• open-heart surgery to widen the narrowed veins and improve blood flow from the lungs back to the heart

  • cardiac catheterization with balloon dilation to try to stretch the vessel(s) open

  • lung transplantation to replace the lungs and the pulmonary veins

Response to surgery or catheterization is usually short-lived. Typically, within three to four weeks, the obstruction recurs, and repeating surgery only provides temporary fixes.

In some cases, lung transplantation may be an option, but this comes with major risks, including rejection of the transplanted lung and serious infection. Patients must also take immunosuppressant drugs for the remainder of his or her life to help reduce the chance of the body rejecting the new lungs.

Using these methods, many children with the most severe form of pulmonary vein stenosis do not survive past early childhood.

Innovative solution

The Dana-Farber Cancer Institute and Boston Children's Hospital are conducting a research study in patients who have multi-vessel (greater than two vessels) pulmonary vein stenosis. The purpose of this study is to determine the effectiveness of using two standard chemotherapy drugs that target myofibroblasts in pulmonary veins and control the abnormal growth of these cells.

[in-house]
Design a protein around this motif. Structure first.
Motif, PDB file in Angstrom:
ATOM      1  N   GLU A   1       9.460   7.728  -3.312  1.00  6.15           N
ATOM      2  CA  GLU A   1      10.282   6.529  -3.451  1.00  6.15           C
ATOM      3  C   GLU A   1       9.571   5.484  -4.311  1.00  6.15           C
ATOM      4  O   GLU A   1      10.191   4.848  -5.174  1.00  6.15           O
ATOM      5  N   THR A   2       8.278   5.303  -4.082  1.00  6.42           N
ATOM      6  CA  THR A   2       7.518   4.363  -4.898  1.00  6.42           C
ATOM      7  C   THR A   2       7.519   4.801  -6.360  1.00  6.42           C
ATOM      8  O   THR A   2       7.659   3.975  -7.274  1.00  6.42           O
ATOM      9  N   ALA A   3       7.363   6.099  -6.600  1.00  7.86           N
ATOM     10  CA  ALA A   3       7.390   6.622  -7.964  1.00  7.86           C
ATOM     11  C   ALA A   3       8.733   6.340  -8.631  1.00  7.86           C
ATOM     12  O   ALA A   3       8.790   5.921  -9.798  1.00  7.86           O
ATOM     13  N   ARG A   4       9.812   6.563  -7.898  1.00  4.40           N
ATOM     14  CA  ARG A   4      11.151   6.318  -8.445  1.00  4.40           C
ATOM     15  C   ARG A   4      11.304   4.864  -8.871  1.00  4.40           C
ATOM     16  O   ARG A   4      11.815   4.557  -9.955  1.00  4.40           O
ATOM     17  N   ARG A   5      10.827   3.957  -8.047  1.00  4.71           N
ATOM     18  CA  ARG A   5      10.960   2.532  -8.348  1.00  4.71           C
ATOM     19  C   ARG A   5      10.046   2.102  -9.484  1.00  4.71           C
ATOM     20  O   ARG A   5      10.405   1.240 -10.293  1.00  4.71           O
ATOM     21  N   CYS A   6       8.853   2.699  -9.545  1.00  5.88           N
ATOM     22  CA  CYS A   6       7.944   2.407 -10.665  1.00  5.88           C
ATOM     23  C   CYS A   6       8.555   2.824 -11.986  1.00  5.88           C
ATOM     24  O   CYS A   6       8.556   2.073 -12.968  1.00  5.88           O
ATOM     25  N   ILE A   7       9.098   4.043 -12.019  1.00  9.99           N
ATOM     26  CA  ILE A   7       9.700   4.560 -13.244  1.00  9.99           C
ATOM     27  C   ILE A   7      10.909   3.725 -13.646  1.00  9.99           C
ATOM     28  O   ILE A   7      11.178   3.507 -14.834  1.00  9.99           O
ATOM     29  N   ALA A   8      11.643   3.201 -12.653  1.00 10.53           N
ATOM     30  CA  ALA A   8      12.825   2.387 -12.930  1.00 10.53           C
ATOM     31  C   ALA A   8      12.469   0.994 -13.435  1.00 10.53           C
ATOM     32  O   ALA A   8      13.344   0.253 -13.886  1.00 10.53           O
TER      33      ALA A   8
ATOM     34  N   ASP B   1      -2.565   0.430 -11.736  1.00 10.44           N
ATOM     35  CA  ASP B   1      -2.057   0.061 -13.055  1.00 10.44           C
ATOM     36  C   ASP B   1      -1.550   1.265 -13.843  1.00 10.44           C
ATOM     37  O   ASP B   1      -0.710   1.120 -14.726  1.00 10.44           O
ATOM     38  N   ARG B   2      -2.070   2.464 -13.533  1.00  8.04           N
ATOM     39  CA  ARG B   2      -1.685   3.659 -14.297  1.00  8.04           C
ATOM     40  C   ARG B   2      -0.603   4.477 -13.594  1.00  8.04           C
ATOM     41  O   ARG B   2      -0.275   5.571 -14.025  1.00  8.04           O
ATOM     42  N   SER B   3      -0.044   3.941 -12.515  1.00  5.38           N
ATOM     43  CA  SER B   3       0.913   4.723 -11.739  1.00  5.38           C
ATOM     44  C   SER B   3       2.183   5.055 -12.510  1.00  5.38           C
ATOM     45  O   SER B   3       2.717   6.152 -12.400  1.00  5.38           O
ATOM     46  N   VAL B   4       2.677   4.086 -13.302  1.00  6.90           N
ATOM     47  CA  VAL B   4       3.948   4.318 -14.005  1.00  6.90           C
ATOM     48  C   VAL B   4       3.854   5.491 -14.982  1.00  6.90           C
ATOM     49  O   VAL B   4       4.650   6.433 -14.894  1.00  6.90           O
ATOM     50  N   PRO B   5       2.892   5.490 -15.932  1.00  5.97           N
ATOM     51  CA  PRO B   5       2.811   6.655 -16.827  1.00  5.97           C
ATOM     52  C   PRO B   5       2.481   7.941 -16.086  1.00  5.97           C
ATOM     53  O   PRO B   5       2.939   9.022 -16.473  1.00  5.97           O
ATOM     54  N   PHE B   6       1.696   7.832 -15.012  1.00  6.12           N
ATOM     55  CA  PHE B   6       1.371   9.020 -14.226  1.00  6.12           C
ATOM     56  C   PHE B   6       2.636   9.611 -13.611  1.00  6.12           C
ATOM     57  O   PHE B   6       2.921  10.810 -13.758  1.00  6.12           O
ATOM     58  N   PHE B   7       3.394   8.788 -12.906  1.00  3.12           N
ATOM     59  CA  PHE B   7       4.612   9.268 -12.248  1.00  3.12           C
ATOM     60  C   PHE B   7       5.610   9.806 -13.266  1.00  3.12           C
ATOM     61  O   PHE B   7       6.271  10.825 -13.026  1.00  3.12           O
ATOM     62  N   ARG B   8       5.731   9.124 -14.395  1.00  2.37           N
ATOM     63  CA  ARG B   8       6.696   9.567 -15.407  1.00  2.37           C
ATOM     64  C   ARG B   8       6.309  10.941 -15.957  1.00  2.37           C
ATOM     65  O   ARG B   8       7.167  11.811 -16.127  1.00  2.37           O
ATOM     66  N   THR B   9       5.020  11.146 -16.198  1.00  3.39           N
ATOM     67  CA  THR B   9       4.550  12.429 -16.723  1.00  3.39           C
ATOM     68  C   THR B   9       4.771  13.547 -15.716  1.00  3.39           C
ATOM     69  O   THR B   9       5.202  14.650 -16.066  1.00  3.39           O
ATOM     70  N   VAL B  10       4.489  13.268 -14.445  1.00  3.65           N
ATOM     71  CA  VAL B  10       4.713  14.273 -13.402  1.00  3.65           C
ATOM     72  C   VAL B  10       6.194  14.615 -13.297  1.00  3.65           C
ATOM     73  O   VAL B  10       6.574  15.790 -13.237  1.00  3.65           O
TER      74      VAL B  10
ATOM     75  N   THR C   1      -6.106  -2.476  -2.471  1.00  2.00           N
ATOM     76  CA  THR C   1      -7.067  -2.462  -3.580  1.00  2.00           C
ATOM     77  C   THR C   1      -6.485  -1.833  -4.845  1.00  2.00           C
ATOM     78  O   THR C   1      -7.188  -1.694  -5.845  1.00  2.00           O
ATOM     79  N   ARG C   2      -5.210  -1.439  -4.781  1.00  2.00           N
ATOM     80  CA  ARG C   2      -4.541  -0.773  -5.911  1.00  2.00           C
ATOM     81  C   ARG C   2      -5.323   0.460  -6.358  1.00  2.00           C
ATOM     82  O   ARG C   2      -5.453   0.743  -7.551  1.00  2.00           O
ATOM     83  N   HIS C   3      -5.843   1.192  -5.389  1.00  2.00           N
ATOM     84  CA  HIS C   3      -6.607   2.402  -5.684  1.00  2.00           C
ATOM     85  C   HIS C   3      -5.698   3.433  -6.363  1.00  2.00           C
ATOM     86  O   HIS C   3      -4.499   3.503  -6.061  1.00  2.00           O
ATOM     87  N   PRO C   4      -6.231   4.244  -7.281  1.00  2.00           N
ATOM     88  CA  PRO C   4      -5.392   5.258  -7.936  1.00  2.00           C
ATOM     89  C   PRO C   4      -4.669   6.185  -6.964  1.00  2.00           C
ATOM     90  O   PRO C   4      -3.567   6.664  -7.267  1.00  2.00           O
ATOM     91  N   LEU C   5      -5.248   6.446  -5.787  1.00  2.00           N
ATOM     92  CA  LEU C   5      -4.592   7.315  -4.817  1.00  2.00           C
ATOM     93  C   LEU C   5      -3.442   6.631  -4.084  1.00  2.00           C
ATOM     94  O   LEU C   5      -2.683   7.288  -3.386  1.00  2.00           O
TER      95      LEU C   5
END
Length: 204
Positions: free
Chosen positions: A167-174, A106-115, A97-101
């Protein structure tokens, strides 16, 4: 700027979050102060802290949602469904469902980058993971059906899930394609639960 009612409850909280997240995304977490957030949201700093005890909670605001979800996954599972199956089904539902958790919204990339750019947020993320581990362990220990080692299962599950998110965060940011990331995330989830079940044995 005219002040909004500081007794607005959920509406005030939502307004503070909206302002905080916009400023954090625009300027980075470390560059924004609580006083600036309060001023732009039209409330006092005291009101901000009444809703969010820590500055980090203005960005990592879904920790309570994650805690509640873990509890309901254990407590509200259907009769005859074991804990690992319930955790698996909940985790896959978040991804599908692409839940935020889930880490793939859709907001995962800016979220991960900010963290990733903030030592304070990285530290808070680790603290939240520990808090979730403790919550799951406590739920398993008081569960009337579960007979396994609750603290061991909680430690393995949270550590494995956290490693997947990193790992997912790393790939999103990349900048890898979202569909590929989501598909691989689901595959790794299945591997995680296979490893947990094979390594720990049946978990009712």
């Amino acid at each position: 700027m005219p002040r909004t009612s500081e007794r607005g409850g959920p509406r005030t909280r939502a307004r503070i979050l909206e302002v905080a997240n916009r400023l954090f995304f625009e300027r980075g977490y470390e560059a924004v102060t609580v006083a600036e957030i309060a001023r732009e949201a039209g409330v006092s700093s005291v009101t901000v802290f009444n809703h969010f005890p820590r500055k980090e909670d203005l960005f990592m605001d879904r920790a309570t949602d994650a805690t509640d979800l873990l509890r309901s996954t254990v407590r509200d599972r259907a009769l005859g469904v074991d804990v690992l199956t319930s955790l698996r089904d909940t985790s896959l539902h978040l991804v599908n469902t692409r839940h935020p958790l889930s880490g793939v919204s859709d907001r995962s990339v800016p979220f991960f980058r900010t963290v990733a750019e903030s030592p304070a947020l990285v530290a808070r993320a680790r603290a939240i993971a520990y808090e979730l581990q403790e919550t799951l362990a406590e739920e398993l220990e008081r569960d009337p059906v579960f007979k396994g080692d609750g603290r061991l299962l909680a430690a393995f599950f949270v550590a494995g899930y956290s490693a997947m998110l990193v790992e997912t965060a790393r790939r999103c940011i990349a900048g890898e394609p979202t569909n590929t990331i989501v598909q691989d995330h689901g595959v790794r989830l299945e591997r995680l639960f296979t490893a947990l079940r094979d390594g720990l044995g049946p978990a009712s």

The study involves treatment with Avastin and Gleevec, two medications used to safely treat childhood tumors. Multi-vessel intraluminal pulmonary vein stenosis is not thought to be a tumor, but it does share a common feature with tumors: the unwanted growth of cells.

Gleevec is given daily by mouth, while Avastin is given intravenously once every two weeks. They both have low side-effects and have been well tolerated in infants, children and adults. The goal of treatment is to stabilize the unwanted cell growth to improve patients’ life expectancy and quality of life. The trial involves treatment for one year, and can be coordinated close to a patient's home area.

Current Research

In order for your child to qualify for the study they must have: 

  • Evidence of intraluminal pulmonary vein stenosis in > 1 vessel

  • Acceptable organ function

  • Evidence of myofibroblast neo-proliferation, if biopsies were obtained

After initial contact, we will need the following information in order to help determine whether or not your child qualifies for the current study:

  • Current patient status

  • Clinic notes

  • Surgery documentation

  • Echo CD's and reports

  • Catheterization CD's and reports

  • CT scan CD's and reports

  • Recent lung scans

  • Insurance information

Please have CD's mailed to:
Attn: PVS team
Boston Children's Hospital
Cardiology—Device Group
300 Longwood Ave
Boston, MA 02115

  • Please fax clinical documents to 617-919-3007 Attn: PVS team.

  • Feel free to contact us at pvs@cardio.chboston.org or call 617-919-3430 with any additional questions.

  • Please include your contact information so that we can follow up upon receipt and review of your child's information

  • You can also schedule an outpatient appointment by calling 617-355-6000.

The future of pediatrics will be forged by thinking differently, breaking paradigms and joining together in a shared vision of tackling the toughest challenges before us.”
- Sandra L. Fenwick, President and CEO